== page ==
All precious and second hand metal dealers have been advised that with immediate effect the export of these commodities must be specifically declared to the Comptroller of Customs.
An official of the Customs and Excise Department explained that the Precious Metals and Second Hand Metal Act 2013-3 mandates customs to approve and inspect all exports under these headings.
“Registered dealers wishing to export precious or second hand metals must complete a declaration to customs whether the goods are to be exported by a cargo agent or taken in the passenger’s baggage; and must present proof of their registration at the ports of exit,” he pointed out.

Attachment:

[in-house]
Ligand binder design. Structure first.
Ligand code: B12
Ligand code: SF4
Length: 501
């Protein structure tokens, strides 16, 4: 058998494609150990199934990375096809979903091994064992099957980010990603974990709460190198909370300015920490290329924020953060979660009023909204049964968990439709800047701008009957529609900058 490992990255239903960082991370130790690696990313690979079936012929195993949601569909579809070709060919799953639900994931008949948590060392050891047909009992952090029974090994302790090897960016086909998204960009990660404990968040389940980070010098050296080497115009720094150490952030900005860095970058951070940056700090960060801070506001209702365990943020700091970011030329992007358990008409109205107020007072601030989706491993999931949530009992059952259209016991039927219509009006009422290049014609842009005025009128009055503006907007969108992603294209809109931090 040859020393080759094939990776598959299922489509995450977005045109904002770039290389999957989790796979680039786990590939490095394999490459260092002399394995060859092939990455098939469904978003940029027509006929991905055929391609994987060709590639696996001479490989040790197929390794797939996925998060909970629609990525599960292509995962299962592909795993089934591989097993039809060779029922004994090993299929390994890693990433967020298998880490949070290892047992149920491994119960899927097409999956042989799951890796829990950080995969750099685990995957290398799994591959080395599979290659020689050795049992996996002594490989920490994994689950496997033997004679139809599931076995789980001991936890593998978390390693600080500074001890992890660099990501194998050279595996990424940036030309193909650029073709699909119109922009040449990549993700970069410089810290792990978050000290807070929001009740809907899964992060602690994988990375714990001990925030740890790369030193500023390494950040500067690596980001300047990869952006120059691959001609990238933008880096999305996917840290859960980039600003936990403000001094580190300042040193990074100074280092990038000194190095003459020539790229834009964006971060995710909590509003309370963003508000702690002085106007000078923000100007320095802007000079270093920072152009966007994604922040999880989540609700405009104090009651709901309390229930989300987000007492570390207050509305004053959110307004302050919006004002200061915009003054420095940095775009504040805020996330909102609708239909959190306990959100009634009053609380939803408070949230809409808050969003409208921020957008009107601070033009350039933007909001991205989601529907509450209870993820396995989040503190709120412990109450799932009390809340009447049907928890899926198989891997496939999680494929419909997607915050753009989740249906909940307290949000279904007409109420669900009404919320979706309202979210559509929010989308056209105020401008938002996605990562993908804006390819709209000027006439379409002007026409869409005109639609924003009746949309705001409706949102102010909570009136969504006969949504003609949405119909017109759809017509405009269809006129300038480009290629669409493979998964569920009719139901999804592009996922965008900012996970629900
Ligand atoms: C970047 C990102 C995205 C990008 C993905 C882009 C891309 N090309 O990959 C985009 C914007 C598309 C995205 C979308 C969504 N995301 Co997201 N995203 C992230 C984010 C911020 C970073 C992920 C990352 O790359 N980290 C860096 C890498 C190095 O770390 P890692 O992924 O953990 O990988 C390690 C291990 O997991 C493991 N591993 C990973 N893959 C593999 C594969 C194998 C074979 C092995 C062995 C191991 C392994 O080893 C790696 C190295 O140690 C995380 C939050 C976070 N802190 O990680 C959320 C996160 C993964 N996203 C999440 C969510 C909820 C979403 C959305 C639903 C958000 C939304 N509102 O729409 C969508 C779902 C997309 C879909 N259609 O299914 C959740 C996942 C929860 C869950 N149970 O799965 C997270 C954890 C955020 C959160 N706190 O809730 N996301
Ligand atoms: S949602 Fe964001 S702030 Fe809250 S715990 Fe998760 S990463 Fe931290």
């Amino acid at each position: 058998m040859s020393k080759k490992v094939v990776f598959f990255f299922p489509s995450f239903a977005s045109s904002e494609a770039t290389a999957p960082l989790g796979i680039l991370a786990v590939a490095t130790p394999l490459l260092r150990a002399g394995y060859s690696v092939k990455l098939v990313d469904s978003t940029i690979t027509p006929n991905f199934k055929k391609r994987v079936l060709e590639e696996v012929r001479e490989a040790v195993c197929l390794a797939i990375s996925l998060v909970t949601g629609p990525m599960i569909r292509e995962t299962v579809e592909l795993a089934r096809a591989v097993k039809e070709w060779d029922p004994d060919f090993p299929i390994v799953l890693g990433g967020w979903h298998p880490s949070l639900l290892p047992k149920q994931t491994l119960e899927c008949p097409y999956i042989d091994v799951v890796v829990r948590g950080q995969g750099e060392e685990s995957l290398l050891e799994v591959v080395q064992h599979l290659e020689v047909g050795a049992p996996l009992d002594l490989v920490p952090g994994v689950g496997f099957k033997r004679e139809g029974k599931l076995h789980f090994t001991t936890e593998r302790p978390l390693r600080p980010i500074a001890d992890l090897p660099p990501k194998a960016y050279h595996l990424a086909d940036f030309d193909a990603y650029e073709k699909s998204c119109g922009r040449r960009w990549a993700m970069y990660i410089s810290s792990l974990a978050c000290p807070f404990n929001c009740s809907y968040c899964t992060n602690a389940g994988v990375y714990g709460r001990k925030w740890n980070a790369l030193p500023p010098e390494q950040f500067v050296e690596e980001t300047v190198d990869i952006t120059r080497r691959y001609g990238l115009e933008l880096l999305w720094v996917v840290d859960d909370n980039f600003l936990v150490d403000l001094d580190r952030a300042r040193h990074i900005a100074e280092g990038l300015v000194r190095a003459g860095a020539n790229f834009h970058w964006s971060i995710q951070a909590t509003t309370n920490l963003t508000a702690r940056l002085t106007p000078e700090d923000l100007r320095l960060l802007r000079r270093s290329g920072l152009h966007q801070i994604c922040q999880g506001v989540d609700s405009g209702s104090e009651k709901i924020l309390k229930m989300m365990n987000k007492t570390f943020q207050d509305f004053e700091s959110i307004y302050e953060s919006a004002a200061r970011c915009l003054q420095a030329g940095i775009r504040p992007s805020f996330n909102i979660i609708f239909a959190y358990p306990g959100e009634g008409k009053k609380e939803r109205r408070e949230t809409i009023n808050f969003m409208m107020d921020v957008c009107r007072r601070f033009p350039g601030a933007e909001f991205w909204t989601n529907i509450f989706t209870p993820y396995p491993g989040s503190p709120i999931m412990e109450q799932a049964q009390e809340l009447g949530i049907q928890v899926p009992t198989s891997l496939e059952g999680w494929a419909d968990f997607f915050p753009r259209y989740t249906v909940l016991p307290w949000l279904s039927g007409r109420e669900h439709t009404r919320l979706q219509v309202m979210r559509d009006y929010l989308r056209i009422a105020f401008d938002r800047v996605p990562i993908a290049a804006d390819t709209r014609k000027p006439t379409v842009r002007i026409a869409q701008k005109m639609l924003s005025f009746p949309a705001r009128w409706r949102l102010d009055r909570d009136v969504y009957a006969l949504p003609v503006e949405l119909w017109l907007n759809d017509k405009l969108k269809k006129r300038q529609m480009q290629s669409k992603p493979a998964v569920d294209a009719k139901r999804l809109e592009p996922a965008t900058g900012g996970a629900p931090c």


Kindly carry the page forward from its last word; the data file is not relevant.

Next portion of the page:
The spokesperson further reminded the exporters of their obligation to obtain a licence and register with the police before attempting to export these commodities.
“Any attempt to export precious or second [hand] metals without being registered as a dealer will not be allowed,” the senior official stressed.
“Customs will periodically and in accordance with the Customs Act, Cap 66 examine passenger baggage to prevent the illegal export of precious and second [hand] metals.” The spokesperson also reminded the public that the exportation of gold and money is restricted under the Exchange Control Act, Cap 71, unless authorisation is given.
Precious metal is defined as an item that contains gold, silver, platinum or any other combination thereof; while second hand metal includes used precious metal, iron, copper, lead or brass that is broken, partly manufactured or defaced.